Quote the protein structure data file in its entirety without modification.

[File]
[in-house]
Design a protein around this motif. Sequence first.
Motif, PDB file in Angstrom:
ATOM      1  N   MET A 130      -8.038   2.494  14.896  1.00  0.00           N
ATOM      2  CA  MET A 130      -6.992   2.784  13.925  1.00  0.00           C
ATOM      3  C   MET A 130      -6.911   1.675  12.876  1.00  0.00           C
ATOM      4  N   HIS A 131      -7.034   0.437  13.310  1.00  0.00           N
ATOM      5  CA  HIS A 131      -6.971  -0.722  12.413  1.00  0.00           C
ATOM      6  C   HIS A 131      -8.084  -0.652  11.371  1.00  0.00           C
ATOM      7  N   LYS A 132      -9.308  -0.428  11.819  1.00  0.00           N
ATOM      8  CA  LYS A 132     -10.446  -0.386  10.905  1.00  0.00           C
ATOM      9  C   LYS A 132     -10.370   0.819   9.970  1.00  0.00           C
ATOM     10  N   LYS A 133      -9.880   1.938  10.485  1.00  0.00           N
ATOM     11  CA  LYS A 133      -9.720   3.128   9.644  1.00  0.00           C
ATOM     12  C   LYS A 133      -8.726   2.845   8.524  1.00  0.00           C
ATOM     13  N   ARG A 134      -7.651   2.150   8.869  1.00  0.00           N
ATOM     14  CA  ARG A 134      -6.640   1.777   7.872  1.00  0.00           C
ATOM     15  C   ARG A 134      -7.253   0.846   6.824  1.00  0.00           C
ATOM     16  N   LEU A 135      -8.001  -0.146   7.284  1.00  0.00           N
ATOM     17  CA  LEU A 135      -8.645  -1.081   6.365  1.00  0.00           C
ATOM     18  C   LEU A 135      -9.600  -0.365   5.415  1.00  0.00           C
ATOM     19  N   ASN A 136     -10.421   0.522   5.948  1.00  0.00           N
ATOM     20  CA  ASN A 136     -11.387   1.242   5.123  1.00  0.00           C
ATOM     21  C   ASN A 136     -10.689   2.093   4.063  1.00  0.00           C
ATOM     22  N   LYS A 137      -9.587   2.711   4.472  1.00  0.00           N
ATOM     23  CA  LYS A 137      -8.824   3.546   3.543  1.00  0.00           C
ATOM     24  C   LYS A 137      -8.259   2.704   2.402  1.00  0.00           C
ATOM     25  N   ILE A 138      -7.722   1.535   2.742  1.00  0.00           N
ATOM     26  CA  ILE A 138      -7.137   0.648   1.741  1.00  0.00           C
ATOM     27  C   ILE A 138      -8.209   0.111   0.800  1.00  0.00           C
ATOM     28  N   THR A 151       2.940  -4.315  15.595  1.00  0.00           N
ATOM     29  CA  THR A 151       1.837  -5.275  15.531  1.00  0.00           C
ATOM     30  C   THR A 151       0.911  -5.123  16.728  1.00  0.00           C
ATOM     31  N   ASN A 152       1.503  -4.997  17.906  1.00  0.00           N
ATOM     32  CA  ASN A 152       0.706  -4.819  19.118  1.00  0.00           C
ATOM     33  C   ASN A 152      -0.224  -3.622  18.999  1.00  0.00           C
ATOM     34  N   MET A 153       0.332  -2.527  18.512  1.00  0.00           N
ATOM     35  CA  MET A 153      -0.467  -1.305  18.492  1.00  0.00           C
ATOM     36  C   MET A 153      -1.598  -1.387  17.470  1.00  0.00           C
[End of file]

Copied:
[in-house]
Design a protein around this motif. Sequence first.
Motif, PDB file in Angstrom:
ATOM      1  N   MET A 130      -8.038   2.494  14.896  1.00  0.00           N
ATOM      2  CA  MET A 130      -6.992   2.784  13.925  1.00  0.00           C
ATOM      3  C   MET A 130      -6.911   1.675  12.876  1.00  0.00           C
ATOM      4  N   HIS A 131      -7.034   0.437  13.310  1.00  0.00           N
ATOM      5  CA  HIS A 131      -6.971  -0.722  12.413  1.00  0.00           C
ATOM      6  C   HIS A 131      -8.084  -0.652  11.371  1.00  0.00           C
ATOM      7  N   LYS A 132      -9.308  -0.428  11.819  1.00  0.00           N
ATOM      8  CA  LYS A 132     -10.446  -0.386  10.905  1.00  0.00           C
ATOM      9  C   LYS A 132     -10.370   0.819   9.970  1.00  0.00           C
ATOM     10  N   LYS A 133      -9.880   1.938  10.485  1.00  0.00           N
ATOM     11  CA  LYS A 133      -9.720   3.128   9.644  1.00  0.00           C
ATOM     12  C   LYS A 133      -8.726   2.845   8.524  1.00  0.00           C
ATOM     13  N   ARG A 134      -7.651   2.150   8.869  1.00  0.00           N
ATOM     14  CA  ARG A 134      -6.640   1.777   7.872  1.00  0.00           C
ATOM     15  C   ARG A 134      -7.253   0.846   6.824  1.00  0.00           C
ATOM     16  N   LEU A 135      -8.001  -0.146   7.284  1.00  0.00           N
ATOM     17  CA  LEU A 135      -8.645  -1.081   6.365  1.00  0.00           C
ATOM     18  C   LEU A 135      -9.600  -0.365   5.415  1.00  0.00           C
ATOM     19  N   ASN A 136     -10.421   0.522   5.948  1.00  0.00           N
ATOM     20  CA  ASN A 136     -11.387   1.242   5.123  1.00  0.00           C
ATOM     21  C   ASN A 136     -10.689   2.093   4.063  1.00  0.00           C
ATOM     22  N   LYS A 137      -9.587   2.711   4.472  1.00  0.00           N
ATOM     23  CA  LYS A 137      -8.824   3.546   3.543  1.00  0.00           C
ATOM     24  C   LYS A 137      -8.259   2.704   2.402  1.00  0.00           C
ATOM     25  N   ILE A 138      -7.722   1.535   2.742  1.00  0.00           N
ATOM     26  CA  ILE A 138      -7.137   0.648   1.741  1.00  0.00           C
ATOM     27  C   ILE A 138      -8.209   0.111   0.800  1.00  0.00           C
ATOM     28  N   THR A 151       2.940  -4.315  15.595  1.00  0.00           N
ATOM     29  CA  THR A 151       1.837  -5.275  15.531  1.00  0.00           C
ATOM     30  C   THR A 151       0.911  -5.123  16.728  1.00  0.00           C
ATOM     31  N   ASN A 152       1.503  -4.997  17.906  1.00  0.00           N
ATOM     32  CA  ASN A 152       0.706  -4.819  19.118  1.00  0.00           C
ATOM     33  C   ASN A 152      -0.224  -3.622  18.999  1.00  0.00           C
ATOM     34  N   MET A 153       0.332  -2.527  18.512  1.00  0.00           N
ATOM     35  CA  MET A 153      -0.467  -1.305  18.492  1.00  0.00           C
ATOM     36  C   MET A 153      -1.598  -1.387  17.470  1.00  0.00           C